Bulgarian Palm Sunday: Faith, Tradition, and Celebration

Society » CULTURE | Author: Diana Kavardzhikova |April 28, 2024, Sunday // 09:02
Bulgaria: Bulgarian Palm Sunday: Faith, Tradition, and Celebration

The Feast of the Lord's Entry into Jerusalem, also known as Palm Sunday (Tsvetnitsa), recounts the historical events that preceded the death and resurrection of Jesus Christ. It ushers in Holy Week, especially emphasizing the suffering of Good Friday. The feast is celebrated on the Sunday before Easter and has a variable date.

Palm Sunday is a significant Bulgarian folk holiday that is among the most popular name days for people whose names are associated with vegetation. It is also known as Vrabnitsa (from vurba, willow), for the rituals with willow branches, reminiscent of the palm branches with which Jesus was welcomed in Jerusalem. It is also known as Kuklinden, Palm Sunday, Vaya, and in Western churches as Palm Sunday.

As shared by Pravoslavie.bg Palm Sunday reminds us of the triumph that awaits us in the resurrection and which is achieved through the cross. This feast convinces us that the road to Pascha is neither easy nor direct. It illustrates the ancient Roman proverb: “Per aspera ad astra” means literally "Through hardships to the stars".

Jesus enters Jerusalem, along with some of his most prominent disciples, in the days surrounding the Jewish feast of Pascha. On that day, the Israelites offered prayers of thanksgiving to God in the Jerusalem Temple. Many years ago, when they were slaves in Egypt, they escaped from a foreign country with God's help. For the Passover celebration, people from all areas of Israel flocked to the city of Jerusalem. The Lord Jesus Christ and His disciples also went to the city. On their way, they met a man who told them that their friend Lazarus of Bethany was seriously ill. His sisters Martha and Mary begged the Lord to come to them to heal him. A few days later Jesus arrived at their home and saw Lazarus' relatives weeping inconsolably because he had died. Then Jesus performed a great miracle. He revived the dead man. Many believed that Jesus was the long-awaited King - the Savior of Israel. It was foretold by the prophet Zechariah in ancient times that God would send a King to the people who would bring them peace, joy, and salvation from all misery. He will be meek and just and will enter the city of Jerusalem riding a donkey.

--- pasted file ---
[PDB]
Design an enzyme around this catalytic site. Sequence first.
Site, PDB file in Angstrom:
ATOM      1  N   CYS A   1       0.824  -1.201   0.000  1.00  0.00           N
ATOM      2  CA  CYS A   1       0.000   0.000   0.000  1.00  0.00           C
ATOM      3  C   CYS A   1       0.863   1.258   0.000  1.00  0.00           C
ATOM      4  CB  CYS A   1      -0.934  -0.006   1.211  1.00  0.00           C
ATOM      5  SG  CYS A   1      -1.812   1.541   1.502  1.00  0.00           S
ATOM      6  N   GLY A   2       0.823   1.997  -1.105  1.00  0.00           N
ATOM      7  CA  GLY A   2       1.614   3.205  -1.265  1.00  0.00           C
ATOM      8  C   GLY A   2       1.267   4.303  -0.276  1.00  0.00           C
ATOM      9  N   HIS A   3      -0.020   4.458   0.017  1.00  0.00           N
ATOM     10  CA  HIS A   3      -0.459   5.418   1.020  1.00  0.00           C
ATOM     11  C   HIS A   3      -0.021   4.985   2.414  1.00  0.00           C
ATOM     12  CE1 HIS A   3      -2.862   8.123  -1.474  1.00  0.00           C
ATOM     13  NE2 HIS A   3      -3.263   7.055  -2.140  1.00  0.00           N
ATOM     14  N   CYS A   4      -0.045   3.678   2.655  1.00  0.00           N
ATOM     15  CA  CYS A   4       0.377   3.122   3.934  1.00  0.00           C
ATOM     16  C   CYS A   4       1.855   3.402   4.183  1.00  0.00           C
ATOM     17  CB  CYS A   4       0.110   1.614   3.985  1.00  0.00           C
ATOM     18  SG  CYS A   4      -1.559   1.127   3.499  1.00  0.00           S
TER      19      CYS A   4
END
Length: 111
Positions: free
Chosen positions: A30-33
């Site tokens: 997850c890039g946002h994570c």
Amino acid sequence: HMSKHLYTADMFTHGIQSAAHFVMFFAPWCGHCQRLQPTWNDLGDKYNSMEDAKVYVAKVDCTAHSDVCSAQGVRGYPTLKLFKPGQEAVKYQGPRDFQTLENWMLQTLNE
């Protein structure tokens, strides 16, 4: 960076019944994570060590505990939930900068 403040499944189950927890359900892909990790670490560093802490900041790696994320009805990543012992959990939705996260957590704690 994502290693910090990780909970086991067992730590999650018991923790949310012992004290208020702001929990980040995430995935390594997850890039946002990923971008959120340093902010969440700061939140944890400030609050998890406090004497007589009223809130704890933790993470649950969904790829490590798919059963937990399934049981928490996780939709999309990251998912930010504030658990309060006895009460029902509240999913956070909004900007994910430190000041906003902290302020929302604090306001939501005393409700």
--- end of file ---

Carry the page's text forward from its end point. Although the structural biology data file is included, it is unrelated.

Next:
The road of Jesus and the apostles to the capital of the province passes by the village of Bethphage, where he sends two of the apostles to bring him the donkey and her colt tied at the head of the village, and if anyone asks them why they are there, they are to say that it is the Lord's need. The disciples went to the village and immediately found the colt. His owners, realizing that they had been sent by the Lord, did not prevent them from untying him. On learning that it was for him, their owners were even glad to part with the cattle. Christ saddles the aged animal and riding it (in agreement with the prophecies concerning this moment), he solemnly enters Jerusalem, which is described in the New Testament.

The people, seeing in him the Messiah, enthusiastically waved palm branches and threw flowers at his feet. All sing the following hymn: “Hosanna! BLESSED (celebrated, praised) Is he who comes in the name of the Lord, even the King of Israel!” At his feet, the faithful spread their garments and scatter olive branches. The Pharisees object to this, insisting that Christ forbid the people to praise him in this way, to which he replies, "I tell you that if these keep silent, the stones will cry out". The procession continues and goes along the Mount of Olives to the Temple. Its courtyard at this time has been turned into a marketplace - money is exchanged, as the Temple does not accept donations in the mass coinage of Rome, and the pigeons needed for the sacrifices in honor of Jehovah are sold. Christ disperses the assembly, essentially delivering his first sermon in the city - that the Second Temple should henceforth be respected in its role as God's house and not used for anyone's financial gain. He then did several healings of sick and infirm people on the spot.